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The week ahead: should immigration fill the skills gap?

From engaging with young people to improving gender diversity there are many measures that the engineering industry is taking to address its much-publicised skills problem.

But whilst  few would disagree that industry needs to look to the future, the skills shortage is already starting to bite in many sectors, and many believe that a more immediate solution is also required.

This Thursday, the Royal Academy of Engineering is hosting a conference that will examine what’s arguably one of the more controversial solutions to this pressing problem: importing skills from overseas.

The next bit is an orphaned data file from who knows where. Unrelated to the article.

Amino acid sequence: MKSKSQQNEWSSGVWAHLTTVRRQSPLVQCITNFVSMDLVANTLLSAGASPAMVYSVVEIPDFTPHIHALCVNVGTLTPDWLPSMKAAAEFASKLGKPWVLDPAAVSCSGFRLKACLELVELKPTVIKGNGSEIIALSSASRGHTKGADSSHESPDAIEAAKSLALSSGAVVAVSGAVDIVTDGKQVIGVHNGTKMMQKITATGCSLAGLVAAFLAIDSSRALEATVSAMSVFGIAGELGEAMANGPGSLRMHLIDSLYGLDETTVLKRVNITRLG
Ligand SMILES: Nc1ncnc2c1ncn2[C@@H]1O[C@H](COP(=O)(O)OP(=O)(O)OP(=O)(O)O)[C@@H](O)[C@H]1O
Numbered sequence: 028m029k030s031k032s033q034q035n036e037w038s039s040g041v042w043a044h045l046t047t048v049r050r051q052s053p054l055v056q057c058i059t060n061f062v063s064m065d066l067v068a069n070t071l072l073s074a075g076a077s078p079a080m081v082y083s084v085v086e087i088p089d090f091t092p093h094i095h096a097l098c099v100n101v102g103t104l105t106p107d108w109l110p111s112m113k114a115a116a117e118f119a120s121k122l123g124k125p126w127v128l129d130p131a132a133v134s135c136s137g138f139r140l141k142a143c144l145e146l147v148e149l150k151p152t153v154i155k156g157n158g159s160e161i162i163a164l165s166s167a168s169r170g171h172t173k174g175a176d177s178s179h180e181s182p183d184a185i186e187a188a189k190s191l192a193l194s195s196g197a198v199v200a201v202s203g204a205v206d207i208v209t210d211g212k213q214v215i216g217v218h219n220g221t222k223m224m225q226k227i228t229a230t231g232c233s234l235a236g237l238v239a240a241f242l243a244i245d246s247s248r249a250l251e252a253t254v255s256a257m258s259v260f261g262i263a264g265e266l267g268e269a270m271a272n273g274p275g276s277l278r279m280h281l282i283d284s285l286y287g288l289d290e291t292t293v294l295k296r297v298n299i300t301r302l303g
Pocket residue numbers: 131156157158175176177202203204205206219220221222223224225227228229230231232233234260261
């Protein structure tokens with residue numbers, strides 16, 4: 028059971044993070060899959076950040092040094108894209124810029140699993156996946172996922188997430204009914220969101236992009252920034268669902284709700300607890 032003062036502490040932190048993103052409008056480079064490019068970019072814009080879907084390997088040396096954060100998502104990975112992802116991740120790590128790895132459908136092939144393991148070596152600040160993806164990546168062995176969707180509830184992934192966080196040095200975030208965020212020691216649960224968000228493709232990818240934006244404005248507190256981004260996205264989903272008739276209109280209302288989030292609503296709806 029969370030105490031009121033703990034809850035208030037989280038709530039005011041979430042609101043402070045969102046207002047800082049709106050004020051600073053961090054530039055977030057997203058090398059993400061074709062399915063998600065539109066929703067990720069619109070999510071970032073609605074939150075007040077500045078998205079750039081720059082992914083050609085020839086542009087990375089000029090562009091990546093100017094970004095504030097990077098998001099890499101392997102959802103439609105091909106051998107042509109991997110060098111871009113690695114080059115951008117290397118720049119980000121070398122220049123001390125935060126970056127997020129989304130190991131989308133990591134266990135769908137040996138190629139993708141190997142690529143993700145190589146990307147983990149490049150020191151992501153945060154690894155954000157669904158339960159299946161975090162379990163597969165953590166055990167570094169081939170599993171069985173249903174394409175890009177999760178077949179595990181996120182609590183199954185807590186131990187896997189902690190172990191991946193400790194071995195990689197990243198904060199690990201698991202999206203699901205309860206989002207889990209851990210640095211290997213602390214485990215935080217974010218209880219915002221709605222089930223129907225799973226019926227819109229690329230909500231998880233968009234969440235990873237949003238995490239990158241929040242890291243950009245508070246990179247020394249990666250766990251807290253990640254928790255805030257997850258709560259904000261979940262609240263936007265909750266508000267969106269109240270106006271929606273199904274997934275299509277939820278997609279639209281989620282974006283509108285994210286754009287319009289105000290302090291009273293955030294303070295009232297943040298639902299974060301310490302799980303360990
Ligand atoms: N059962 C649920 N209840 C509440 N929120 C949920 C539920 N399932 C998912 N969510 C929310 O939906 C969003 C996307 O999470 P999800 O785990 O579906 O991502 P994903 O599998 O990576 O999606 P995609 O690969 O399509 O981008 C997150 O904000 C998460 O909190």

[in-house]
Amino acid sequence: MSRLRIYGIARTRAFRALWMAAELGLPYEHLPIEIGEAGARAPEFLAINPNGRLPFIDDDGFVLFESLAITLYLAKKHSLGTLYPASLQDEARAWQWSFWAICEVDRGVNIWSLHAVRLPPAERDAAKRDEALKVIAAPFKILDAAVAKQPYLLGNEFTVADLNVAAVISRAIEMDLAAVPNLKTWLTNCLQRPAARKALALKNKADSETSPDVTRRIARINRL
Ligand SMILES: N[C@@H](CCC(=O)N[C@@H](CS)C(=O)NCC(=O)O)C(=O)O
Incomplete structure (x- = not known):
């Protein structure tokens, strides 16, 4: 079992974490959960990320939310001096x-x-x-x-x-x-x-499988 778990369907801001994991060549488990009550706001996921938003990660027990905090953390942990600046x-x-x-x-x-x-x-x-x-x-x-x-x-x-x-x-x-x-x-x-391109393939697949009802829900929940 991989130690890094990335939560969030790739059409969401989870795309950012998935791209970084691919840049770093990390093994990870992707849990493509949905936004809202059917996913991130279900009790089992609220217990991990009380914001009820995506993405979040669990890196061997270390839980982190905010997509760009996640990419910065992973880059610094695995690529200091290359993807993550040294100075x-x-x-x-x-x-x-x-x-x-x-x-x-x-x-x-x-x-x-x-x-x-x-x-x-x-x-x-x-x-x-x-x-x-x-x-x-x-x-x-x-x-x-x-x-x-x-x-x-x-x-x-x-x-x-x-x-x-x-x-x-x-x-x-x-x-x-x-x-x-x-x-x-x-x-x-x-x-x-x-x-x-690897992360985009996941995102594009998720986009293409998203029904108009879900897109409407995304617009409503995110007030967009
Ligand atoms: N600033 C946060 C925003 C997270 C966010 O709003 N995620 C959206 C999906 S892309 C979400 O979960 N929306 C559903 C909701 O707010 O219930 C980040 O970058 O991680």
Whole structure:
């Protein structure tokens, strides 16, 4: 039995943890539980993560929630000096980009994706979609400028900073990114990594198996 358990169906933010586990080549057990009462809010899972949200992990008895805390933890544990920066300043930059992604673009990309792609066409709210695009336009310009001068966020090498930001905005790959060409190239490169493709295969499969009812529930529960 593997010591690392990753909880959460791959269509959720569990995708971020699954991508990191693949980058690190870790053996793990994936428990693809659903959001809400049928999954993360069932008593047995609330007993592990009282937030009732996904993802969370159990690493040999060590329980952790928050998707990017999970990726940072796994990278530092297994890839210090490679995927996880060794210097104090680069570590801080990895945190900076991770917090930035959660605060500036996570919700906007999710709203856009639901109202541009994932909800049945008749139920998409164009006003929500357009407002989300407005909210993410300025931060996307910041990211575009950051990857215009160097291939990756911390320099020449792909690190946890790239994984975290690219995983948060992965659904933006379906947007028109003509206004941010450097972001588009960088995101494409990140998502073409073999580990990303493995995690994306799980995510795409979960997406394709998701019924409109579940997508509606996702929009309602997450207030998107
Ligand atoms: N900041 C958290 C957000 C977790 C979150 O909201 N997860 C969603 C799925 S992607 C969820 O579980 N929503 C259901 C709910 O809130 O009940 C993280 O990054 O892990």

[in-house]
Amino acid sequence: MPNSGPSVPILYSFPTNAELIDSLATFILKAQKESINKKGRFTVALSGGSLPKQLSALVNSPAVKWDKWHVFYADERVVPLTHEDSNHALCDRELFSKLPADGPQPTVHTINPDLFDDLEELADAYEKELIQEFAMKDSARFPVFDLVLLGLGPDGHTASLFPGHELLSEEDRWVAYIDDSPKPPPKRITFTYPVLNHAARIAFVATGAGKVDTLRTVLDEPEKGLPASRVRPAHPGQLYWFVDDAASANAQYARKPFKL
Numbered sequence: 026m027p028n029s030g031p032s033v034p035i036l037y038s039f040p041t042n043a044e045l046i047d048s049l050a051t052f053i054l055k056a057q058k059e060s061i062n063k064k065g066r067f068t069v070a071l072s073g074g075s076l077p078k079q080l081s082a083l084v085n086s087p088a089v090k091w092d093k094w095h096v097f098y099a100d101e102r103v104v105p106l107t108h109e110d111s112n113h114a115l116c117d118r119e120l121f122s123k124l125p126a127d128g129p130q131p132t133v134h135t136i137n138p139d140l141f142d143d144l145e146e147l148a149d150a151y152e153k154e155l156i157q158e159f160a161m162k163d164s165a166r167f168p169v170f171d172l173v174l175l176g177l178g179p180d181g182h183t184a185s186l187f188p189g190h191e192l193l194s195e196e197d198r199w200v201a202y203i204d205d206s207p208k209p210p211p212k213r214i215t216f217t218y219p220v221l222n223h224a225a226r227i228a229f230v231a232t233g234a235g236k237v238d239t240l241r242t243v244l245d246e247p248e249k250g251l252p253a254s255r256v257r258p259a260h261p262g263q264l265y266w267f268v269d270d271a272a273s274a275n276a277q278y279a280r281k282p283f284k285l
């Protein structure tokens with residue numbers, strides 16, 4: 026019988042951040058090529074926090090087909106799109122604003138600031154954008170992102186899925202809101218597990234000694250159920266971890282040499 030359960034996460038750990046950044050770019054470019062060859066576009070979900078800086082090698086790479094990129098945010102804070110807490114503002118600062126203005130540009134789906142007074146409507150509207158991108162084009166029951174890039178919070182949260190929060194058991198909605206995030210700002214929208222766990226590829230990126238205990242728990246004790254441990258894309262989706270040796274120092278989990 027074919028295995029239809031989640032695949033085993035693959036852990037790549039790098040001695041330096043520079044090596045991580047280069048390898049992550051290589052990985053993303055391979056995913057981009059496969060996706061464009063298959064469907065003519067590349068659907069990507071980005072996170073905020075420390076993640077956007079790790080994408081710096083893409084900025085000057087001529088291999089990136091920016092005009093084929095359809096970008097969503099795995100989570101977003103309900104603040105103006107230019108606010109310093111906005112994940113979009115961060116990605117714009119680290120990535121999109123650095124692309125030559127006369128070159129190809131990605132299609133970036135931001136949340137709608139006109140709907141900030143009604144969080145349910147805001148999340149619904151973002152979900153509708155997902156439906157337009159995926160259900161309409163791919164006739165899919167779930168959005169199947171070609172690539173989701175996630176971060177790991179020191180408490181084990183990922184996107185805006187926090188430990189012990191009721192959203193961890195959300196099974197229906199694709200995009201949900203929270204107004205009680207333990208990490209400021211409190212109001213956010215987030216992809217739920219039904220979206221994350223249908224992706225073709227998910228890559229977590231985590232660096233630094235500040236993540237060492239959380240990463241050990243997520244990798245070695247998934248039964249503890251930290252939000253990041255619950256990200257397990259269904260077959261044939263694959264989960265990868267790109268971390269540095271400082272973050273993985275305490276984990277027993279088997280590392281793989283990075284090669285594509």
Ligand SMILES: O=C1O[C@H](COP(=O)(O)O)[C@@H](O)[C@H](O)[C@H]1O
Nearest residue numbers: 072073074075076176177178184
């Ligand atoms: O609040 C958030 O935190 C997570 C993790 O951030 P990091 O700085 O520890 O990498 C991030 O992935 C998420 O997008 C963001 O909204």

The event - The brain gain: should we be importing top quality STEM skills from Abroad? - will bring together representatives from industry, professional bodies, education, academia, and think tanks to discuss whether the increasing need for high quality skills in STEM sectors should be met by importing skills from abroad into the UK.

The debate coincides with the findings of a survey undertaken by Festo Training and Consulting that also throws light on industry’s skills worries.

Three quarters of respondents to the firm’s 2013 People and Productivity Survey, said that their business was suffering from a skills shortage, and that middle managers are increasingly having to step in to address technical problems.